One of the issues common with using a broad-band, direct-sampling SDR (software-defined radio) like the KiwiSDR is that of overload by strong, low-frequency signals, such as those on the AM (mediumwave) broadcast band – but there’s another problem that should be considered as well: The high generally-high signal levels at lower HF frequencies. If one looks at an spectrum analyzer connected to a broad-band receive antenna during the evening, one will immediately note that the lower the frequency, the higher the signals seem – particularly the background noise.
This tutorial is inspired by dg0opk’s videos and blog post on monitoring QRP with single board computers. We’ll show you how to set up a super cheap QRP monitoring station using an RTL-SDR V3 and a Raspberry Pi 3. The total cost should be about US $56 ($21 for the RTL-SDR V3, and $35 for the Pi 3).
With this setup you’ll be able to continuously monitor multiple modes within the same band simultaneously (e.g. monitor 20 meter FT8, JT65+JT9 and WSPR all on one dongle at the same time). The method for creating multiple channels in Linux may also be useful for other applications. If you happen to have an upconverter or a better SDR to dedicate to monitoring such as an SDRplay or an Airspy HF+, then this can substitute for the RTL-SDR V3 as well.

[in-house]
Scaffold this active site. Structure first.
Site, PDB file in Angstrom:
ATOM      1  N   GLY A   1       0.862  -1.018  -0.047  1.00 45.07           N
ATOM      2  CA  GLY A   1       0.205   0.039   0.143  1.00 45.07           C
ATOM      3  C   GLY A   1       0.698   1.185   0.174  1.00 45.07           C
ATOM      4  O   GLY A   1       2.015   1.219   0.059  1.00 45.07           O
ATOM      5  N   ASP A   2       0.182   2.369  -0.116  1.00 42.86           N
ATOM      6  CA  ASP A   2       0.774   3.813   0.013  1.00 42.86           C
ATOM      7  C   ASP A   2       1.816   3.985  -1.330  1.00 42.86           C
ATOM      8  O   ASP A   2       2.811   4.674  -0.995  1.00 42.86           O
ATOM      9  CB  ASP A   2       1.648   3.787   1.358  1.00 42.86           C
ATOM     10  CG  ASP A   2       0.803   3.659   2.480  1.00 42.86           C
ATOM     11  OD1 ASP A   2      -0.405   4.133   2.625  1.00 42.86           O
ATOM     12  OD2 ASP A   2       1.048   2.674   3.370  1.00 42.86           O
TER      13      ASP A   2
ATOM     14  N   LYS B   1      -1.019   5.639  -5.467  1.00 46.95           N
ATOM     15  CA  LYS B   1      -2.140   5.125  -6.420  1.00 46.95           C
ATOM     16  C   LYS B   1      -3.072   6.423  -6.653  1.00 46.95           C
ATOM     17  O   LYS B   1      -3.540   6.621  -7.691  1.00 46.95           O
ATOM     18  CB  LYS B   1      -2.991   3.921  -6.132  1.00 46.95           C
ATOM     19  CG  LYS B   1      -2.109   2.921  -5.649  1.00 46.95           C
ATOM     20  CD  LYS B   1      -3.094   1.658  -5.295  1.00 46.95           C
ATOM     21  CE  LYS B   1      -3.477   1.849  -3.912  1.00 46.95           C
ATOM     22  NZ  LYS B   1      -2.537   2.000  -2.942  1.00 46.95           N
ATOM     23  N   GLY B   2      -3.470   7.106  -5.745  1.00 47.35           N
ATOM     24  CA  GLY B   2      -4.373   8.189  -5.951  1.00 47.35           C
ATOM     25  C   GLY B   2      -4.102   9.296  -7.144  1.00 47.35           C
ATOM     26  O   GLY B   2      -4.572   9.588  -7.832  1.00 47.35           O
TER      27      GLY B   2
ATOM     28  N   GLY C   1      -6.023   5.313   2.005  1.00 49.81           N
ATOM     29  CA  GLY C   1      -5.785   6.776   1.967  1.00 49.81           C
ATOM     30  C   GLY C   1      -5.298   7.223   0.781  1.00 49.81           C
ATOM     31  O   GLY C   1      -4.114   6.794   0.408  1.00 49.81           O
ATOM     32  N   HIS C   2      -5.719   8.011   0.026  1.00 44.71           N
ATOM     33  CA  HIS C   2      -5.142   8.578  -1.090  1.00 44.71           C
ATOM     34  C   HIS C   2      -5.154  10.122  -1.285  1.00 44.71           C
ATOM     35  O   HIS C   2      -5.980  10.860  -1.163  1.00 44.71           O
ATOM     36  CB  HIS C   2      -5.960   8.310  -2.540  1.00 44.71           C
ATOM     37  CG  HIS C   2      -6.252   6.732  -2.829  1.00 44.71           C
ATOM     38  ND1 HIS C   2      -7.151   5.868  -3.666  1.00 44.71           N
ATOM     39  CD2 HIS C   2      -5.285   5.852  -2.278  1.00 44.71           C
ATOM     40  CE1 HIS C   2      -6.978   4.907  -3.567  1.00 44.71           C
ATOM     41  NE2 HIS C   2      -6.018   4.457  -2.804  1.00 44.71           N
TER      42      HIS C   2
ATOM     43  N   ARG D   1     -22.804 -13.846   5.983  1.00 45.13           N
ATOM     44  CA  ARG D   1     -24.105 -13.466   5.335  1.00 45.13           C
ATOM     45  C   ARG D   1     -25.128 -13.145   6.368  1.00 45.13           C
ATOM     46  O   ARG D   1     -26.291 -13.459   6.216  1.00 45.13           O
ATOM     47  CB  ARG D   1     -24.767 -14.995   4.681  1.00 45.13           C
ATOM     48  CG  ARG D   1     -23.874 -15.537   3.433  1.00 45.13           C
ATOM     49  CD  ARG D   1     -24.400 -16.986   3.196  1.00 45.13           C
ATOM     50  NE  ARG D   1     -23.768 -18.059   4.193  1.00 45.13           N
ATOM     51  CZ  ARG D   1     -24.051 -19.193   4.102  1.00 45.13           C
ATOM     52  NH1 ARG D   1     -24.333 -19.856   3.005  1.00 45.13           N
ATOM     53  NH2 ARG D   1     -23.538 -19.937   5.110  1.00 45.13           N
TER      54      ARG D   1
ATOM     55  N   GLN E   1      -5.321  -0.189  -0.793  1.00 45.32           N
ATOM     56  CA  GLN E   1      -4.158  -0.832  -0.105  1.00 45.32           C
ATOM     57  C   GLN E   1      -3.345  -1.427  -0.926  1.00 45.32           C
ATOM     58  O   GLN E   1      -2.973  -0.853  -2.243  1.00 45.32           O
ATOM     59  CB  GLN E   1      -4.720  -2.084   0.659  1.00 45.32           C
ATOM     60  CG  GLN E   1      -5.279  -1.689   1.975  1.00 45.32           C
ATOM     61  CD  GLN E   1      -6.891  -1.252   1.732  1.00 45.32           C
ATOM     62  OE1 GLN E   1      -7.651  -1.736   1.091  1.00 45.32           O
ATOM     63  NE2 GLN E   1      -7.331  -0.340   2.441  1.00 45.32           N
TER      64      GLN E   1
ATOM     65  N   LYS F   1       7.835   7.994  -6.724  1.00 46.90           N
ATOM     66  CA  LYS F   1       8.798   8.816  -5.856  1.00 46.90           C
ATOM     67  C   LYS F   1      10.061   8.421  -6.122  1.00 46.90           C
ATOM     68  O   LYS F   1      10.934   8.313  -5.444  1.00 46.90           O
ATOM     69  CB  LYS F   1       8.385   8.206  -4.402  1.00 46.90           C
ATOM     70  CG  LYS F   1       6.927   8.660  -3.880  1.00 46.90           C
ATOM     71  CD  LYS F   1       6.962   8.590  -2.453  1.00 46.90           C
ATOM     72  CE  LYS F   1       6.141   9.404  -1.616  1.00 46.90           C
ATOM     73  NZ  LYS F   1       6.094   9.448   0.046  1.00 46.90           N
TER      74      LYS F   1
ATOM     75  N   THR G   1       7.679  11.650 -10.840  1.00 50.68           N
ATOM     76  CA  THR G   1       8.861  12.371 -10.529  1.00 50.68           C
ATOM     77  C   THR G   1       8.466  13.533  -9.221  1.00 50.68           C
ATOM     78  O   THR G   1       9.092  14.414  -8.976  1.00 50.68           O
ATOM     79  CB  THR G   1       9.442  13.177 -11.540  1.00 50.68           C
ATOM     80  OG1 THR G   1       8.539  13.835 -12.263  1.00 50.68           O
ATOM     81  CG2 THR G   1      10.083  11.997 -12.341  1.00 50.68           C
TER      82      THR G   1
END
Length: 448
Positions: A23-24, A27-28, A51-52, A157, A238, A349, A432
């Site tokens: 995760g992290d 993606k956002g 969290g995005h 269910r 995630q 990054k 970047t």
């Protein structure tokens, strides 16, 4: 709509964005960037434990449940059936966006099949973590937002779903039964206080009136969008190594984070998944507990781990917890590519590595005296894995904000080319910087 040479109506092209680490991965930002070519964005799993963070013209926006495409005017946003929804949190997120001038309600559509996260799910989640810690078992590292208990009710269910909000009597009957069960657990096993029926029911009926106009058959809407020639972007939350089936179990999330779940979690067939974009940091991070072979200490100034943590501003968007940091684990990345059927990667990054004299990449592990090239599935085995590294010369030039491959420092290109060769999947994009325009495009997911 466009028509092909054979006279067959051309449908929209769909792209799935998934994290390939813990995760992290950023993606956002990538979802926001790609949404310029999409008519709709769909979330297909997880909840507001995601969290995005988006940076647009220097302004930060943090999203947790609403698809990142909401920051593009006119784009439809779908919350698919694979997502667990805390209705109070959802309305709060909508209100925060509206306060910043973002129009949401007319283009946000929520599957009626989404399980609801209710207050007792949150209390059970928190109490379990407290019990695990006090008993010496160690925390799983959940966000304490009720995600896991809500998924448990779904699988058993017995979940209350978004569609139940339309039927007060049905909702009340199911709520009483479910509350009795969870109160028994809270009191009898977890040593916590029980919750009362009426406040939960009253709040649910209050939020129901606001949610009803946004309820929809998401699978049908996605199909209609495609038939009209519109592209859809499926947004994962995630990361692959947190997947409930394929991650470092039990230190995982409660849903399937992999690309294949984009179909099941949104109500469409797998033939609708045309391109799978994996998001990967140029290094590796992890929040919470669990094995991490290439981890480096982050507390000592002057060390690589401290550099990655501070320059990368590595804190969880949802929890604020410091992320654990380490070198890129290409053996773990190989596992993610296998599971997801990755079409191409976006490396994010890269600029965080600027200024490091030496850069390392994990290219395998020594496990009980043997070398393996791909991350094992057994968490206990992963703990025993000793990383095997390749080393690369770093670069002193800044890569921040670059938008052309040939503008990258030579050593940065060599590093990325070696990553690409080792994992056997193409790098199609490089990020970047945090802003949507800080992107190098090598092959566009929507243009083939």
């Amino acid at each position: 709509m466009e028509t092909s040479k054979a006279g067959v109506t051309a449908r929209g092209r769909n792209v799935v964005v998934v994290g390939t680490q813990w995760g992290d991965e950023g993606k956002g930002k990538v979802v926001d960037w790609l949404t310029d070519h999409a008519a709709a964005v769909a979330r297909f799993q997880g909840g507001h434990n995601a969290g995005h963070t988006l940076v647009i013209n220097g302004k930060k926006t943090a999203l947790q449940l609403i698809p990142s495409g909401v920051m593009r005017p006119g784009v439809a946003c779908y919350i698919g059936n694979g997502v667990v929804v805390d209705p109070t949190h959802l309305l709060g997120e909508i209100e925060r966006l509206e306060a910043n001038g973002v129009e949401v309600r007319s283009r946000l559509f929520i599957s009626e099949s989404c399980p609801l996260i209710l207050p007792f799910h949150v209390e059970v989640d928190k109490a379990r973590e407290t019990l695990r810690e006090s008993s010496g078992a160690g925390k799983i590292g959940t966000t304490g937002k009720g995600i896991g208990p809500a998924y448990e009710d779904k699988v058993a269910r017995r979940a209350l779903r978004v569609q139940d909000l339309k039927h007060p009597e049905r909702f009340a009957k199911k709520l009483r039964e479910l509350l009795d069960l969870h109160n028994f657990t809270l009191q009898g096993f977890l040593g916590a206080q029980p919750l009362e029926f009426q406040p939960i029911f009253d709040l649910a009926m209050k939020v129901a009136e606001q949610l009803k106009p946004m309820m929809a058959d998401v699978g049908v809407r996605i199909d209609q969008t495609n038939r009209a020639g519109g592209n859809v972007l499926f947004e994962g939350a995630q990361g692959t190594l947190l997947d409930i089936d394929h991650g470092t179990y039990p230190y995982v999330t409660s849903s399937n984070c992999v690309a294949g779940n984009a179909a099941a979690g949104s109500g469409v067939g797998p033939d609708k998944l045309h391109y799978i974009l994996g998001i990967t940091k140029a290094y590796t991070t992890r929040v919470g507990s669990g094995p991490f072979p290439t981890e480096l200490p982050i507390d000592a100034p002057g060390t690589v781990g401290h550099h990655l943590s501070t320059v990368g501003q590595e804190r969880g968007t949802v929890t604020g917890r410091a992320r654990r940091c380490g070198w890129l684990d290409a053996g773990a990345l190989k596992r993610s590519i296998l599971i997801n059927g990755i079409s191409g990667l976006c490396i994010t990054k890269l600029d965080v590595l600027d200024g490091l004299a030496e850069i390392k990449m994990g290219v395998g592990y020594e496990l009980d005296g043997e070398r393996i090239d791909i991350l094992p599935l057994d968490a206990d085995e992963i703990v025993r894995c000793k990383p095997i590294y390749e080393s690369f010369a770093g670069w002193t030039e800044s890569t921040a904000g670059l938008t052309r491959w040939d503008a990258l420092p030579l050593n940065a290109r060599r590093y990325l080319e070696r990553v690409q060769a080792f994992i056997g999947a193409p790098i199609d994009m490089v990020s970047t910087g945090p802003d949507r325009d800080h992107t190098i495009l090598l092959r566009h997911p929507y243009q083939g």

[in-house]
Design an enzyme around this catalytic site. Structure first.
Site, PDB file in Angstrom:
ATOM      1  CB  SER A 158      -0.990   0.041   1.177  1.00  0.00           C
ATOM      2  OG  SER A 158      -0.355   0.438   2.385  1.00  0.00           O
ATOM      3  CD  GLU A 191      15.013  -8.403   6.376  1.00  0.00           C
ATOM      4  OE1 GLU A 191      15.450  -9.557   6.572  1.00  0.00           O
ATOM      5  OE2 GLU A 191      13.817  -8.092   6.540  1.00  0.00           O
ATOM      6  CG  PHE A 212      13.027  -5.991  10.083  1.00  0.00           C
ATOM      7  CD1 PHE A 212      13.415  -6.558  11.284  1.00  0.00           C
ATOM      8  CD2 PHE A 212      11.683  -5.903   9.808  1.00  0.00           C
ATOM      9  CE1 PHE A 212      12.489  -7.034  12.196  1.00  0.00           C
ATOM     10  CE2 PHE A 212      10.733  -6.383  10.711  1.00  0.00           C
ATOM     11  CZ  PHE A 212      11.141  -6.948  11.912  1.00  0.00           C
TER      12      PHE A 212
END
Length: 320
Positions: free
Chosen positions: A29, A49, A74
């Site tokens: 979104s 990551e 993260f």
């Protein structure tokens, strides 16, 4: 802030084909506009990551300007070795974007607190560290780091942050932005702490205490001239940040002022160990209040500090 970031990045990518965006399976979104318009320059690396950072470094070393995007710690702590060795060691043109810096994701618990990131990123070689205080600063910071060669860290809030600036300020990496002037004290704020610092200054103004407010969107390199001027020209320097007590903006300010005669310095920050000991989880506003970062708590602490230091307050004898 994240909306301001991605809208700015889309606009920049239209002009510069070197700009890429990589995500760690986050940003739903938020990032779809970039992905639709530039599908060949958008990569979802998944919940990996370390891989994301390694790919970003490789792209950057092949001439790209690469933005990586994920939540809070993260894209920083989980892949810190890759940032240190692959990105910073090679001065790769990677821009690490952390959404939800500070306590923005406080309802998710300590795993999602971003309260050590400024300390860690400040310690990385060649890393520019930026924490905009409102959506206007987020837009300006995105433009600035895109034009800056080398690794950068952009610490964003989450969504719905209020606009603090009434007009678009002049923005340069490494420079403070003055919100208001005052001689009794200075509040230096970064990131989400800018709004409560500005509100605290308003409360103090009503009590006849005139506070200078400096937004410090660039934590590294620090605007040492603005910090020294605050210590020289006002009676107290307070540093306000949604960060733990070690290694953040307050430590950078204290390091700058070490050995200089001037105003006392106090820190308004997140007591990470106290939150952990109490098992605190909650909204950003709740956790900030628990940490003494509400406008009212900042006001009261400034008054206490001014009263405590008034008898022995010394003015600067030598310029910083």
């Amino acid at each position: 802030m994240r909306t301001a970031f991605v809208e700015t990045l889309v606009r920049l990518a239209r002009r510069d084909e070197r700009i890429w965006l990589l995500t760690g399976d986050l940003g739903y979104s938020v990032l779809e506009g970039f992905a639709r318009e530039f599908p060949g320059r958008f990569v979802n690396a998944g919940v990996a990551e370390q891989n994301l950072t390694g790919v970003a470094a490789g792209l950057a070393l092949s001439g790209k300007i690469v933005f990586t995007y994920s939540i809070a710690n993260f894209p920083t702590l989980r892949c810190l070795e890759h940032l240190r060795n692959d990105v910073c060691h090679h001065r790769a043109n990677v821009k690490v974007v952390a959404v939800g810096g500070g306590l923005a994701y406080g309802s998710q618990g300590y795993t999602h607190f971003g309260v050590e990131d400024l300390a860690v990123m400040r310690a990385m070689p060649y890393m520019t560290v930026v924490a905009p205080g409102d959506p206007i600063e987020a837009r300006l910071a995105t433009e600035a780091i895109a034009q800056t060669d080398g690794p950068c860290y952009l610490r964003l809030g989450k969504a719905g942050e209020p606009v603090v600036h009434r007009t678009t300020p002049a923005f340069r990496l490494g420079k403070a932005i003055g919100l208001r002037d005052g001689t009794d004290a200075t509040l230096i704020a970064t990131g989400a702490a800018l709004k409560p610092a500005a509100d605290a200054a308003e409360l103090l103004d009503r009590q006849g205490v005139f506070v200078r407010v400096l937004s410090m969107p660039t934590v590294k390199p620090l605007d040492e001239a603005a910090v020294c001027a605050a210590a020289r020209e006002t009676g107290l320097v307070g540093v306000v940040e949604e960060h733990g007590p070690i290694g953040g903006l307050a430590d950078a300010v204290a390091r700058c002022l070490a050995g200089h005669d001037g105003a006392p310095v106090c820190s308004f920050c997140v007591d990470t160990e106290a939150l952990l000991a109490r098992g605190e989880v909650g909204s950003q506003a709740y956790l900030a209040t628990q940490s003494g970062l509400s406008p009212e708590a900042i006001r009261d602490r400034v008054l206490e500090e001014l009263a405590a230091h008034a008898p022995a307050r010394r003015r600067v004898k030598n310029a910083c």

Vasily Ivanenko @ QRPHB writes, “I sought a low distortion, single supply, AF power amplifier for my transistor radios. I’ll present my experiments, some musings, test equipment and a reference to some wonderful books & their wise author. Sadly, some amateur radio receiver builders diligently craft their RF stages, but skimp on the PA audio stage. Actually — many commercial radio designers also do this.”
If you follow Bill, N2CQR’s SolderSmoke blog, you know that he’s working on a simple DC receiver of his own, which, along with his aversion to using the magic chips, served as inspiration for this rig, which is how it got it’s name: $20 is my guess at what it’d cost to duplicate, and Bill, of course, is Bill. The alternate name is based on my belief that the last thing the world needs is another 40m DC receiver.